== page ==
Hasn’t the problem of updates being partially installed until the next reboot already been solved by changes in Windows?
Last week, I discussed how A question about how to detect whether Windows Update needs the system to be restarted turns out to be the wrong question. One of the issues I noted was the risk of the partially-installed updated. A number of commenters wanted to know if that problem was still true. My colleague Mark Phaedrus discussed the matter in comments, but I’m going to promote his responses to a full posting, thereby extending his Internet fame from 15 minutes to 30 minutes.
Let me answer a question that several folks have raised (both in the comments and offline): Hasn’t the problem of updates being partially installed until the next reboot already been solved by changes in Windows?
This is, to a large extent, true. Modern versions of Windows use Component-Based Servicing (CBS). This technology makes sure that new Windows components, and new versions of existing components, are installed atomically. In other words, if it is possible to install or update a component without a reboot, CBS does so. If it is not possible (because one or more files are in use, or because the component requires more complicated setup), then the entire installation of the component is automatically suspended until the next reboot.
So this means that the problem described in this blog post is gone, right? Absolutely not, for at least two reasons.
First, not all updates distributed through Windows Update/Microsoft Update are purely CBS-based. There are a variety of different types of updates (drivers, Office updates, etc.), each of which may have different installation behaviors. For example, there are still a few troublesome drivers that do not behave normally until the next reboot. And from the Windows Update perspective, there is a class of updates called “command-line updates” — updates that have unusual needs, and so cannot be published in the usual standardized formats. Command-line updates can still work in whatever way they want, just like the good old days of UPDATE.EXE. And that means that command-line updates may still be subject to the problem.
To summarize: Most updates no longer create an unusual machine state that requires a reboot to resolve. There are still a few that do. In an ordinary consumer environment, the remaining problem is small enough to be ignored (or at least small enough that there are lots of other things to concentrate on fixing first). But in an environment where The Machine Simply Must Work, it’s still an unacceptable risk. And so the best practice for these environments is still assuming that any update that requires a reboot to complete should have that reboot performed as soon as possible.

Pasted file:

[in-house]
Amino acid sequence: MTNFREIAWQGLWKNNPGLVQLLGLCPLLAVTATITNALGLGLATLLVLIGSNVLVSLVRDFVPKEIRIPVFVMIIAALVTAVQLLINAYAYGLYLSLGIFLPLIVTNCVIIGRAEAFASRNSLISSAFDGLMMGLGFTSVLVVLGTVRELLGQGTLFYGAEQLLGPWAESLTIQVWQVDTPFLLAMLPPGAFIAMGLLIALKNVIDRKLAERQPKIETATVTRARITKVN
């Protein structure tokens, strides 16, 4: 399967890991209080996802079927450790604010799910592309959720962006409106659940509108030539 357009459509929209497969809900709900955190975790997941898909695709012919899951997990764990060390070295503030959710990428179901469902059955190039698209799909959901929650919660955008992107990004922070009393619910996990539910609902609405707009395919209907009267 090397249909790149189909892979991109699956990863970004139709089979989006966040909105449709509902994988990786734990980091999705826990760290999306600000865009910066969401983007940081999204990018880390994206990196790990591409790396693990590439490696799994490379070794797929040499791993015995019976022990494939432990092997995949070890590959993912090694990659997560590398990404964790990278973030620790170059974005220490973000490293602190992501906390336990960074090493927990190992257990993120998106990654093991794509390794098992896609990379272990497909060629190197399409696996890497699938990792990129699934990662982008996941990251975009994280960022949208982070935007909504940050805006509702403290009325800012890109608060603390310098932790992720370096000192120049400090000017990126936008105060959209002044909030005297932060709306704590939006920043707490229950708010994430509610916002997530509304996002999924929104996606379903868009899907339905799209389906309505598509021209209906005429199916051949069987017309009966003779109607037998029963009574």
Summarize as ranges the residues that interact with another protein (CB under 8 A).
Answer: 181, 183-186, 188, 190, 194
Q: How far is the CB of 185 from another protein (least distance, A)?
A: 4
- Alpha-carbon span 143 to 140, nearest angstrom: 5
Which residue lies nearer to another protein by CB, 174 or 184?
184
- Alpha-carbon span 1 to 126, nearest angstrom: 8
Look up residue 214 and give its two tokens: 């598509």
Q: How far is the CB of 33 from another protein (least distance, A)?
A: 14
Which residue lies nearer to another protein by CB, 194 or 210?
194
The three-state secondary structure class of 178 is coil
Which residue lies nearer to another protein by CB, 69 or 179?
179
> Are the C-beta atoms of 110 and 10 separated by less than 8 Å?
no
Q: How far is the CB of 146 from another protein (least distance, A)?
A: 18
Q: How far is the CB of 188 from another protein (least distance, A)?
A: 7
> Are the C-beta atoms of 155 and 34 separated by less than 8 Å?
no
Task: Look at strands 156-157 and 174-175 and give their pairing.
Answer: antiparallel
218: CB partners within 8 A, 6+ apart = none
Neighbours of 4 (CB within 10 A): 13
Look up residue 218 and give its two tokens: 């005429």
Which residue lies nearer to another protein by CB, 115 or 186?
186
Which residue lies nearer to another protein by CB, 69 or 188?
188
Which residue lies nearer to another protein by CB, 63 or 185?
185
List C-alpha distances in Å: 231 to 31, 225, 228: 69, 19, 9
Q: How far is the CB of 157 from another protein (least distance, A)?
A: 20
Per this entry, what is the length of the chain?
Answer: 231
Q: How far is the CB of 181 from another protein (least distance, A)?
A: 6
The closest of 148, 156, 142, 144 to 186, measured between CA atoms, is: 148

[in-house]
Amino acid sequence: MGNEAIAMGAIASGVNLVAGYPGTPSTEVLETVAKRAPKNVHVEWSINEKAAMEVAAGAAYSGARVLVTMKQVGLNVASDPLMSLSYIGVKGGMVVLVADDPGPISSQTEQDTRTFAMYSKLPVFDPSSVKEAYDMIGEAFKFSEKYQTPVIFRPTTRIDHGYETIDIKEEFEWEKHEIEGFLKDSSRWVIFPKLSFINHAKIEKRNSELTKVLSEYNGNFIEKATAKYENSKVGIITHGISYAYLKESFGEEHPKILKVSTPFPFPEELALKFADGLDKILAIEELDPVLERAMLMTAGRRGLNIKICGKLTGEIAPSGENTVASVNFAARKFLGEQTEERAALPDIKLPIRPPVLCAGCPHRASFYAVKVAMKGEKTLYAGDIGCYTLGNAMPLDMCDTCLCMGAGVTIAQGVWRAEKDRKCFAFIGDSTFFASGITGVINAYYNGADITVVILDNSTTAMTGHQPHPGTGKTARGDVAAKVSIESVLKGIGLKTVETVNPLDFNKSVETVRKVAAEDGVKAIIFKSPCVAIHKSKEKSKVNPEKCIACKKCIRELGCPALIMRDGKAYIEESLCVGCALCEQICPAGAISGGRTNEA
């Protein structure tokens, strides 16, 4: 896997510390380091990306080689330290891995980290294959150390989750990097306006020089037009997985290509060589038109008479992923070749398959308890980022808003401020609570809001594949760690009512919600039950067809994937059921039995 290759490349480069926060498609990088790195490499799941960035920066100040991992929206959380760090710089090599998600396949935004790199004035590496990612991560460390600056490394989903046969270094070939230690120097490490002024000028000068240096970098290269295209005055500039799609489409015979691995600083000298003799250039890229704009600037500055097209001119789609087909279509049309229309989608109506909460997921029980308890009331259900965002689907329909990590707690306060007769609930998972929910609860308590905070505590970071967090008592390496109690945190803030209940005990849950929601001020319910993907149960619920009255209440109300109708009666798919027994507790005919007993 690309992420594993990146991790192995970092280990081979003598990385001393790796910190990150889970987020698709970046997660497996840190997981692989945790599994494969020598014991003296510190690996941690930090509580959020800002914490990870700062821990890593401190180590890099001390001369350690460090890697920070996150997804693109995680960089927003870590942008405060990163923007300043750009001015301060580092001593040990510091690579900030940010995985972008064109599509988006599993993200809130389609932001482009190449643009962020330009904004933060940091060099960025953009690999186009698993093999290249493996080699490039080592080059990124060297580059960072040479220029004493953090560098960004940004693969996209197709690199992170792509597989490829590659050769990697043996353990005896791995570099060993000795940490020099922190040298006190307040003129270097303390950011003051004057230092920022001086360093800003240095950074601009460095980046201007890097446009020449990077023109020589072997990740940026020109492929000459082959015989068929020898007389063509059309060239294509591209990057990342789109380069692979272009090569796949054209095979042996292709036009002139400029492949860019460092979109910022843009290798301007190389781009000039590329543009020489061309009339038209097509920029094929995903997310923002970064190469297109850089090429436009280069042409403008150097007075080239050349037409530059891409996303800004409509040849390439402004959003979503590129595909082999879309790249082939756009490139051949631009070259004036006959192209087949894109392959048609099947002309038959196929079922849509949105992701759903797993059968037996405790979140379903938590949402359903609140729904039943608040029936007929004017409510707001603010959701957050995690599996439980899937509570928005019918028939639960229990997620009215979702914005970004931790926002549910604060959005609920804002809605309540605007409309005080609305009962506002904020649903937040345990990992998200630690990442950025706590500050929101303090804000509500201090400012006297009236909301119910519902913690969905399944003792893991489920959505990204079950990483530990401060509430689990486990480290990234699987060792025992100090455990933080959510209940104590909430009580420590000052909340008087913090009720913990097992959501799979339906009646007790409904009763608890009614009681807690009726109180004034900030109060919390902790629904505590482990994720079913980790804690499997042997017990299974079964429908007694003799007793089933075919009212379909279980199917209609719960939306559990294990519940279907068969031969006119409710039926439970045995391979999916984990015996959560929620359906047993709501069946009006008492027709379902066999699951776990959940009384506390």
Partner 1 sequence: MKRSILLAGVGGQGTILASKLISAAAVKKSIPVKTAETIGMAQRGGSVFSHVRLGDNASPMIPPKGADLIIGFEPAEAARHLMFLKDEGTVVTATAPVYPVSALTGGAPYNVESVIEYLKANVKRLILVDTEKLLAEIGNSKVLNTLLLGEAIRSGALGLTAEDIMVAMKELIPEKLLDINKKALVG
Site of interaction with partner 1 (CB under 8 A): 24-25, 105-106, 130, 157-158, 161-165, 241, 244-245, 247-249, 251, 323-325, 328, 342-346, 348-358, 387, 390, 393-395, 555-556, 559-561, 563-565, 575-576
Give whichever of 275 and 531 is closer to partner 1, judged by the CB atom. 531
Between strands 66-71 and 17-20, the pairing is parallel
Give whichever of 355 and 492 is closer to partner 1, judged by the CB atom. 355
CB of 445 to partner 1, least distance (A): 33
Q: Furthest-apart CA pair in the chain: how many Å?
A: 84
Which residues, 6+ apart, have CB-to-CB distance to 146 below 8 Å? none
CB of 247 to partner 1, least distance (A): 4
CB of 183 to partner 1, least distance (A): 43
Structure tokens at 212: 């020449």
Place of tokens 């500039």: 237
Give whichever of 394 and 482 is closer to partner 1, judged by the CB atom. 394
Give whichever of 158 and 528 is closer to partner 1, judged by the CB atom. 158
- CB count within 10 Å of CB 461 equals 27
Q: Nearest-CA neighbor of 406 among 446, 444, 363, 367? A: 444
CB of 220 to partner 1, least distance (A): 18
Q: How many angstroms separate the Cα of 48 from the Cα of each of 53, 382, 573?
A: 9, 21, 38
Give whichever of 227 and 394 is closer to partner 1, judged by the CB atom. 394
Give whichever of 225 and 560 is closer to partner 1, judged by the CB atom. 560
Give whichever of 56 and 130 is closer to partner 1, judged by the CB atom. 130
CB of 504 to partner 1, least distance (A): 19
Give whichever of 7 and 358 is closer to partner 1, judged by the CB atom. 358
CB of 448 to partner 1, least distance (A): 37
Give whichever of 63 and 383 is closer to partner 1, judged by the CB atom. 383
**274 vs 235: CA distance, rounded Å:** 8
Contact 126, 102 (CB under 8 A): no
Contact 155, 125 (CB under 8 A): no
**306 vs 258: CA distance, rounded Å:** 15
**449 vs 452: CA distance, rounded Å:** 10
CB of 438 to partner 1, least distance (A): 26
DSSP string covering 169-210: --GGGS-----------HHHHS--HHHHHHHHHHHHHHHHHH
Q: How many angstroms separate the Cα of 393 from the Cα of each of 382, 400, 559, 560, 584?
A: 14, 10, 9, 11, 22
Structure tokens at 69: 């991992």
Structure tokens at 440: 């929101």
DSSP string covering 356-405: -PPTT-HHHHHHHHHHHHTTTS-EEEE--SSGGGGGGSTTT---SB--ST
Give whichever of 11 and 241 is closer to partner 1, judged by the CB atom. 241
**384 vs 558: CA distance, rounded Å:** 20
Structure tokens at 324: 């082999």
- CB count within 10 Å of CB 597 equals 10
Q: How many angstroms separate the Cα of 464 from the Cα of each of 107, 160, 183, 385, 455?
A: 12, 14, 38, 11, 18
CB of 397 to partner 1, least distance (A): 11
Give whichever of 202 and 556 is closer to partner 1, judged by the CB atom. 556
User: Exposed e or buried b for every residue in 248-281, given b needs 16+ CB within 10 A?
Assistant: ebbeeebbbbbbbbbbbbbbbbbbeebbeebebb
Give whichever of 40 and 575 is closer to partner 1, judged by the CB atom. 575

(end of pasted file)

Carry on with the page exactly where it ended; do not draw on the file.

Second, even setting the “Does the update do the right thing before the reboot?” problem aside, CBS itself creates another problem in this scenario. Since many Windows updates wind up getting their processing delayed until the reboot, that reboot itself can take longer (since all those pending operations then get performed). And in an environment where The Machine Simply Must Work, this means that the consequences of an accidental/unplanned reboot can be even worse. So again, in this environment, it’s important to ensure that Windows Update never initiates a reboot on its own. And since Windows Update will sometimes initiate reboots on its own when it’s set to install updates automatically, this means that the best practice for these environments is still the practice described in the blog: Set Automatic Updates to not install updates automatically, and use your own code to install updates and reboot at the correct times and with the proper user notification.
To reiterate earlier caveats, when I talk about situations where The Machine Simply Must Work, I naturally presume you’re not talking about life-critical medical applications, because Windows is not for life-critical applications, as the esteemed attorneys who hand-crafted the Windows EULA from artisanal Unicode characters will happily point out.
To give my own favorite example of a non-medical situation where The Machine Simply Must Work, as well as one of the more uncomfortable moments of my Microsoft career: There was an internal developer conference going on at the Microsoft Executive Briefing Center, a very nice building filled with conference rooms normally used by the grand poohbahs of the Microsoft organization, and occasionally used for gatherings like this one. Throughout the building there are large displays helpfully pointing out which meetings are going on in which rooms at which times. And on this occasion, with numerous grand poohbahs on hand as well as large portions of the Windows Update team, all those displays were showing the old “Your machine needs to reboot” prompt we all knew and loved from Windows 7, with the pre-reboot countdown timer inexorably rolling down towards zero.
If the role of an internal developer conference is to encourage discussions among teams, then that one certainly succeeded. Because discussions most definitely ensued.